South Sudan: Investing in a new nation
“It’s been decades of conflict. People have been suffering and they’re just longing for peace.”
South Sudan is the earth’s newest nation, having seceded from Sudan in 2011. It’s been a troubled early start for the country, though, with frequent unrest and a breakdown of basic services. People are poor and exhausted – South Sudan ranks almost at the bottom of all 189 countries on the human development index – but they all want a more secure future for their children.
One hopeful sign of progress came when the national education bureau decreed that it was now compulsory for schools to teach IT skills as part of the curriculum. When our NGO partners in South Sudan heard this, though, they could only laugh ruefully.
“Almost no schools have computer facilities for students!” they told us. “Most teachers don’t know how to use a computer, and students are all learning computer skills by copying notes from a blackboard.”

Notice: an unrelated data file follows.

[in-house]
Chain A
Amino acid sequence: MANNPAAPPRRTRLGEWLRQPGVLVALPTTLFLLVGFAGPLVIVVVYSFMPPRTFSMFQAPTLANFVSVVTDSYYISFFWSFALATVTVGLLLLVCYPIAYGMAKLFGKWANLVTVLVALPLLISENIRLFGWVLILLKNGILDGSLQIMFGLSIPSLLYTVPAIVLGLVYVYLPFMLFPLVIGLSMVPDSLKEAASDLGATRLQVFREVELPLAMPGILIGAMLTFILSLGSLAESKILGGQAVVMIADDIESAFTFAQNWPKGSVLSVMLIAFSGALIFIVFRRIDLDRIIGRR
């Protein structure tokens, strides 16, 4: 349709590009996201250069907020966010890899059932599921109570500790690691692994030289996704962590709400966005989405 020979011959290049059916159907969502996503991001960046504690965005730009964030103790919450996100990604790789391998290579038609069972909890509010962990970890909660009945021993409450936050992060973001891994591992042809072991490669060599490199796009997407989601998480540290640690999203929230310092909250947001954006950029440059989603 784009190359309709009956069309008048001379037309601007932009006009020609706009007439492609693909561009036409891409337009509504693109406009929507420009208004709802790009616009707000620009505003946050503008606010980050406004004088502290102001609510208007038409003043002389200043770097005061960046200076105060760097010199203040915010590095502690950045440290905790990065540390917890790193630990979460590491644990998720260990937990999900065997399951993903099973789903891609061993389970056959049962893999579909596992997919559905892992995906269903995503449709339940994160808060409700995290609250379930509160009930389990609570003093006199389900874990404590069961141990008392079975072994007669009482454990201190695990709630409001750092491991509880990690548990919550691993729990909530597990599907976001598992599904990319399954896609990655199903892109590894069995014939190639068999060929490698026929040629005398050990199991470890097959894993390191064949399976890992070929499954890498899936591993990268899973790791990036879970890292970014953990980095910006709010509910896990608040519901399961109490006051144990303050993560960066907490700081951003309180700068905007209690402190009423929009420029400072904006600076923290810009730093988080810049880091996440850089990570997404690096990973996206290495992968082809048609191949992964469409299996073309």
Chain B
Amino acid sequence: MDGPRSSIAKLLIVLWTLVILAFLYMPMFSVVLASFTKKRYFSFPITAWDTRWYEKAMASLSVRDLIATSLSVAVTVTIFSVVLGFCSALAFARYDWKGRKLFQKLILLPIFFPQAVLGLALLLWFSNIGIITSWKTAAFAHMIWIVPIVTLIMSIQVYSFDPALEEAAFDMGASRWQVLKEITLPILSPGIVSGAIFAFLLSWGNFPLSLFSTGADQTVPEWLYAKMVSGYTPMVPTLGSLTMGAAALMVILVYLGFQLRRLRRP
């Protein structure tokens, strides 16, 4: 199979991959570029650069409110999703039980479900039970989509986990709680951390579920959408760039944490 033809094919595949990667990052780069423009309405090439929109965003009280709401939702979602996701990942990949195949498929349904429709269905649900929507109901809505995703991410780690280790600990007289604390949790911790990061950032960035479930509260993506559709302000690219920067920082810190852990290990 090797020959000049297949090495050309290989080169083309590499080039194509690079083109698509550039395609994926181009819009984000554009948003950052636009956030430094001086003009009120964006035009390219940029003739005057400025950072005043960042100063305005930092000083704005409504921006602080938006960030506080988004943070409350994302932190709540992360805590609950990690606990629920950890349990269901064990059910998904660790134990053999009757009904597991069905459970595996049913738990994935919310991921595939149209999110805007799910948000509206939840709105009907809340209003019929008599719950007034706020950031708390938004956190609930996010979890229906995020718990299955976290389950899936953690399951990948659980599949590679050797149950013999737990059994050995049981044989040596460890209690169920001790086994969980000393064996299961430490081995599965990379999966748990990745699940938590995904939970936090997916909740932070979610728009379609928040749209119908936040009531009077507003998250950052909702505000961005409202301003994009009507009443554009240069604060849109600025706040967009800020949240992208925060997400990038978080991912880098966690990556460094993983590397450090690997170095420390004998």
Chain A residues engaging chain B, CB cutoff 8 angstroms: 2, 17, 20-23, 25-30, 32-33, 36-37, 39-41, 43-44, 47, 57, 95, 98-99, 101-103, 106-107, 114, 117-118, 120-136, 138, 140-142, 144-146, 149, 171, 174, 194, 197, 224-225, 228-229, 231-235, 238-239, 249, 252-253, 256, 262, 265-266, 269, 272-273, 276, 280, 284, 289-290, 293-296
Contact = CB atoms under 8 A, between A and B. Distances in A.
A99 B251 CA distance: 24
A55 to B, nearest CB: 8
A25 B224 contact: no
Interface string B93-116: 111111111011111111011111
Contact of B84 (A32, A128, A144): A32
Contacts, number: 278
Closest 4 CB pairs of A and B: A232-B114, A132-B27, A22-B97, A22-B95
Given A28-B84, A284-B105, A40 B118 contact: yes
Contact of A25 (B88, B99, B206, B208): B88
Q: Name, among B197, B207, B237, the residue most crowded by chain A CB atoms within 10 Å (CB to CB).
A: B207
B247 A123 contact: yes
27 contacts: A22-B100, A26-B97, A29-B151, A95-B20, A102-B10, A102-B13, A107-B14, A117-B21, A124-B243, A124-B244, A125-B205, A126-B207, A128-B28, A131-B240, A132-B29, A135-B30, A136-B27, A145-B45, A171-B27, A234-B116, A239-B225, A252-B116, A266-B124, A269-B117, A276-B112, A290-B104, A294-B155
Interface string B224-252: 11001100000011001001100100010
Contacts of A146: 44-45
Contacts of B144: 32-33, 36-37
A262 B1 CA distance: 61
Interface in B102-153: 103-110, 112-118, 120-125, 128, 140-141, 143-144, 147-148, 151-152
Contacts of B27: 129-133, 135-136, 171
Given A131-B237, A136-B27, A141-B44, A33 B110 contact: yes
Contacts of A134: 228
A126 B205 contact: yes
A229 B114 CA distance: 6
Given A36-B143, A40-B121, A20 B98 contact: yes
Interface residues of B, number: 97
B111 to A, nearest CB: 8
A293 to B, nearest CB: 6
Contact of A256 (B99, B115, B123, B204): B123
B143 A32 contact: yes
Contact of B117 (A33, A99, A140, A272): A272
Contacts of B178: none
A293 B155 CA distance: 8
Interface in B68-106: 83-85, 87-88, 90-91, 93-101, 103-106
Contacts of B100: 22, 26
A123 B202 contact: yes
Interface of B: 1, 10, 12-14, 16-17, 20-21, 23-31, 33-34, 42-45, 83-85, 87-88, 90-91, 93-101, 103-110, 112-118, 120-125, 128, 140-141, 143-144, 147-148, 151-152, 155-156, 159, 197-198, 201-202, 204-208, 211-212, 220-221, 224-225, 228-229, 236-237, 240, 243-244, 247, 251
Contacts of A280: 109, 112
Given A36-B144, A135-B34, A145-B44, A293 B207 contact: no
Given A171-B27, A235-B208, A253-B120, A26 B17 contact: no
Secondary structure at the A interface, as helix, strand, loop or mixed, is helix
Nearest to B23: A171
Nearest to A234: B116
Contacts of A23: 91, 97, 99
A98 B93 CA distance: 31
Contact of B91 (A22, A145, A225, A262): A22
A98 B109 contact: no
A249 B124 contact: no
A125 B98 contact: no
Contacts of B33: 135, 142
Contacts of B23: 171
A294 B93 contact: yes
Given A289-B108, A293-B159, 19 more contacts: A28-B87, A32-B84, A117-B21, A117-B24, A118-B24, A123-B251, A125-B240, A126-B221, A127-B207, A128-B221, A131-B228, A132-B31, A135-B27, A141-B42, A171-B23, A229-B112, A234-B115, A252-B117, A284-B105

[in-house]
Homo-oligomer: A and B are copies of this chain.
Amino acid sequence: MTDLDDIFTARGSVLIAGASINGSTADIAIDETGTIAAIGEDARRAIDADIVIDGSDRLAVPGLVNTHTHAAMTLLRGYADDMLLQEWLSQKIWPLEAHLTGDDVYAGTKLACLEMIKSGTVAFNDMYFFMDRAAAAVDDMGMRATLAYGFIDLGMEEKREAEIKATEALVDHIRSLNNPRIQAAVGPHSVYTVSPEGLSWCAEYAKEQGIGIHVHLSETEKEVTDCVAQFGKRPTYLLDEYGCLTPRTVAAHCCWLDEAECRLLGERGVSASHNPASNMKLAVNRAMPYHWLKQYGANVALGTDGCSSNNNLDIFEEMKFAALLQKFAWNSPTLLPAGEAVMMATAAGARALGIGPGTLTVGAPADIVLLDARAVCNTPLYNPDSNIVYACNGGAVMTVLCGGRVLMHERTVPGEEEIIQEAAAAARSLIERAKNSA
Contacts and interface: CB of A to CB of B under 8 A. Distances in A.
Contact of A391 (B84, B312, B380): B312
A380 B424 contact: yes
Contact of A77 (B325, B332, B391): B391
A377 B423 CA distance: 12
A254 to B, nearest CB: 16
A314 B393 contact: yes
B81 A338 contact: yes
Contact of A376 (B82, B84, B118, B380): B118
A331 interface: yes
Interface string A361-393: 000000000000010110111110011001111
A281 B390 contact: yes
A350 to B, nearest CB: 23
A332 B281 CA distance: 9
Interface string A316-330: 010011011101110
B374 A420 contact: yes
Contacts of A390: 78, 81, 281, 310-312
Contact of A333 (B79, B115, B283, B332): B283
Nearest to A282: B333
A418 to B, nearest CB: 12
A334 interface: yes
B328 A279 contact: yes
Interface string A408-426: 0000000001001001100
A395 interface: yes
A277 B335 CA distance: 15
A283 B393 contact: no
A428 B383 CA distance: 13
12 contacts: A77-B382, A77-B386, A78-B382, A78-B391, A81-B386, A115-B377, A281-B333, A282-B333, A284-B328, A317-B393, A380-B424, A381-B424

Almost no households in the surrounding community are connected to electricity, let alone the internet. So, the day that computers from our recent shipment were brought to a school was a momentous one. Before students could begin learning how to use them, the teachers themselves had to ‘go to school’!
“When we were moving the CPUs and monitors to the staff room, the teachers had no idea what they were,” wrote staff.
The teachers had seen NGO staff using laptops in their work, but hadn’t seen a desktop computer before. “Many teachers were touching a real computer for the first time. You can imagine how excited they are!” they said. They are making quick progress and already using the computers to type exam papers and other teaching materials. “We’re going to set up desktop computers in a computer lab when solar panels are in place for power supply, so that our students can learn ICT subjects with real computers,” they wrote.
This shipment included a wide variety of other goods for the school and for the students themselves, who lack some of the most basic essentials, such as menstrual care products for girls. A donation of bright yellow raincoats was a surprising hit, too! “Students and staff alike have been missing school or community projects because of heavy rain. Umbrellas can be bought, but they’re very expensive.” Now, with raincoats from the shipment they can participate and contribute regardless of weather.
What a privilege to be able to share so much with those who have so little. We know that even in the midst of the intense challenges facing South Sudan, our partners there will be doing all they can to invest in the nation’s youth for a better future.
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